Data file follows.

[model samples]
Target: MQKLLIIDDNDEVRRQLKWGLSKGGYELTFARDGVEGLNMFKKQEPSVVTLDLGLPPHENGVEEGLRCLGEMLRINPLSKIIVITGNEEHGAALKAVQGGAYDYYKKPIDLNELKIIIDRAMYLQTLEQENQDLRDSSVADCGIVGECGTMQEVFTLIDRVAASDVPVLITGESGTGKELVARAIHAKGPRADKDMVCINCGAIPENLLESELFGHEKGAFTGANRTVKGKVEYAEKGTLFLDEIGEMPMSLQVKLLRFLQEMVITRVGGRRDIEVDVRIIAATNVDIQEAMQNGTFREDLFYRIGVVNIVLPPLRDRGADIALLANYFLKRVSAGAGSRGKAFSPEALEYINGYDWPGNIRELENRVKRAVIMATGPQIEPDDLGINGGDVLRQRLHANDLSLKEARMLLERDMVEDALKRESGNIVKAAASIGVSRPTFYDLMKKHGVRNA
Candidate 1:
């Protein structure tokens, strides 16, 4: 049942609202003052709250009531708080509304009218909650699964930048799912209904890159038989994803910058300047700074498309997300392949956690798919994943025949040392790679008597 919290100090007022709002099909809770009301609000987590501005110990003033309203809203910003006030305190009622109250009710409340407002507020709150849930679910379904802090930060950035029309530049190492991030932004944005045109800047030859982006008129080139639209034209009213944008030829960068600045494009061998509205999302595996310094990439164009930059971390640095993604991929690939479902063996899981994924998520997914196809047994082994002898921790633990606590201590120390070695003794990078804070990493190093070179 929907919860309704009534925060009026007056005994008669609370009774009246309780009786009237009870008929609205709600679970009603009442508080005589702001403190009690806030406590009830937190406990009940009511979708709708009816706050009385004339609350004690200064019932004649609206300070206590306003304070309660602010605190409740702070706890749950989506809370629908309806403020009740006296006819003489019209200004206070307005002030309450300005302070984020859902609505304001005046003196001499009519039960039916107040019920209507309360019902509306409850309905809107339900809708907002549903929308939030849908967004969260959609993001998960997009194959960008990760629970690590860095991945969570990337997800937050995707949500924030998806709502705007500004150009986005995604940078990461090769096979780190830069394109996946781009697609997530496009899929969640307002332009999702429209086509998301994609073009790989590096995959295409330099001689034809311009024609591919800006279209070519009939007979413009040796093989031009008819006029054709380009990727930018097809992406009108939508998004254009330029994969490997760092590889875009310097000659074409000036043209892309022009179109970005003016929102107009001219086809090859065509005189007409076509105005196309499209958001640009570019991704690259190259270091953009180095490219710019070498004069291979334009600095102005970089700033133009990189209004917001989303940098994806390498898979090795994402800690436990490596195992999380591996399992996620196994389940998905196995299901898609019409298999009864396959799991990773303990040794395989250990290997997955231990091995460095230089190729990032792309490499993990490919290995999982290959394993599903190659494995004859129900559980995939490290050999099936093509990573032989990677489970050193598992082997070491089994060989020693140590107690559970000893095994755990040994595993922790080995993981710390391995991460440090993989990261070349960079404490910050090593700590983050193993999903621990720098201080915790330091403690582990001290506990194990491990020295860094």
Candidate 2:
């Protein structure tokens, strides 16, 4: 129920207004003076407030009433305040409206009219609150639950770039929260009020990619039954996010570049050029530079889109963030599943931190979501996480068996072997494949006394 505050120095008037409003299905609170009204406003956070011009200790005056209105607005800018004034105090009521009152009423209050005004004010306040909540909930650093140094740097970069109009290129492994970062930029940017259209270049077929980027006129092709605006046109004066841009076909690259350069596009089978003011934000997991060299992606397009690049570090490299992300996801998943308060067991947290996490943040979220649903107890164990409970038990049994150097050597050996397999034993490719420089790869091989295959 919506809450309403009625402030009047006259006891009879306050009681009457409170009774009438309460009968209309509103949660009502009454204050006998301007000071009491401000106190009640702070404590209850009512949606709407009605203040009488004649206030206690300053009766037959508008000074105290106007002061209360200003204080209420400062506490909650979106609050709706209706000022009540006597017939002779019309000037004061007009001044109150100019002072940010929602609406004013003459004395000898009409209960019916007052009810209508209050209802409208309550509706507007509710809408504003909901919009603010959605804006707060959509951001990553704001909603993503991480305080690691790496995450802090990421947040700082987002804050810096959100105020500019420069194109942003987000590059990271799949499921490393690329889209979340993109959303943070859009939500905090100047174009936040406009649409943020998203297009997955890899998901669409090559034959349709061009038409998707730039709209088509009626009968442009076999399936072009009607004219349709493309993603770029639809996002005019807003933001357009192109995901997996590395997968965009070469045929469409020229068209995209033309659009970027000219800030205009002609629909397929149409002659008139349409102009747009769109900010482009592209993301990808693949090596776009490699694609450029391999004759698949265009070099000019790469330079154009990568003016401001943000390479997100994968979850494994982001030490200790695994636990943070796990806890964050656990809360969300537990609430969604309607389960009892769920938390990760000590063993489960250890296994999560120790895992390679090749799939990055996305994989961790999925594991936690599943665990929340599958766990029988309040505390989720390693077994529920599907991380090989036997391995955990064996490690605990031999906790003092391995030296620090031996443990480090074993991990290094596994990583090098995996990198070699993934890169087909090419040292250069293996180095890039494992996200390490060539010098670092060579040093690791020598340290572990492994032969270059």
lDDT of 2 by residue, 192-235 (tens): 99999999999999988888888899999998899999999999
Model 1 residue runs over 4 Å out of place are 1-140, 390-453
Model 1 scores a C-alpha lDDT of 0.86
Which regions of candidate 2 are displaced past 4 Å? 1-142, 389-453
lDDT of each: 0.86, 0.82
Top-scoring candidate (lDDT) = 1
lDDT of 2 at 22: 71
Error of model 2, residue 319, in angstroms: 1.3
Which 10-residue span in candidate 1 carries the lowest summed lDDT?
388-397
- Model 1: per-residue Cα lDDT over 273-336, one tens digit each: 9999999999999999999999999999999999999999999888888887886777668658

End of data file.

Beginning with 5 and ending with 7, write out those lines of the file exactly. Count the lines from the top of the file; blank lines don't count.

Candidate 2:
């Protein structure tokens, strides 16, 4: 129920207004003076407030009433305040409206009219609150639950770039929260009020990619039954996010570049050029530079889109963030599943931190979501996480068996072997494949006394 505050120095008037409003299905609170009204406003956070011009200790005056209105607005800018004034105090009521009152009423209050005004004010306040909540909930650093140094740097970069109009290129492994970062930029940017259209270049077929980027006129092709605006046109004066841009076909690259350069596009089978003011934000997991060299992606397009690049570090490299992300996801998943308060067991947290996490943040979220649903107890164990409970038990049994150097050597050996397999034993490719420089790869091989295959 919506809450309403009625402030009047006259006891009879306050009681009457409170009774009438309460009968209309509103949660009502009454204050006998301007000071009491401000106190009640702070404590209850009512949606709407009605203040009488004649206030206690300053009766037959508008000074105290106007002061209360200003204080209420400062506490909650979106609050709706209706000022009540006597017939002779019309000037004061007009001044109150100019002072940010929602609406004013003459004395000898009409209960019916007052009810209508209050209802409208309550509706507007509710809408504003909901919009603010959605804006707060959509951001990553704001909603993503991480305080690691790496995450802090990421947040700082987002804050810096959100105020500019420069194109942003987000590059990271799949499921490393690329889209979340993109959303943070859009939500905090100047174009936040406009649409943020998203297009997955890899998901669409090559034959349709061009038409998707730039709209088509009626009968442009076999399936072009009607004219349709493309993603770029639809996002005019807003933001357009192109995901997996590395997968965009070469045929469409020229068209995209033309659009970027000219800030205009002609629909397929149409002659008139349409102009747009769109900010482009592209993301990808693949090596776009490699694609450029391999004759698949265009070099000019790469330079154009990568003016401001943000390479997100994968979850494994982001030490200790695994636990943070796990806890964050656990809360969300537990609430969604309607389960009892769920938390990760000590063993489960250890296994999560120790895992390679090749799939990055996305994989961790999925594991936690599943665990929340599958766990029988309040505390989720390693077994529920599907991380090989036997391995955990064996490690605990031999906790003092391995030296620090031996443990480090074993991990290094596994990583090098995996990198070699993934890169087909090419040292250069293996180095890039494992996200390490060539010098670092060579040093690791020598340290572990492994032969270059």
lDDT of 2 by residue, 192-235 (tens): 99999999999999988888888899999998899999999999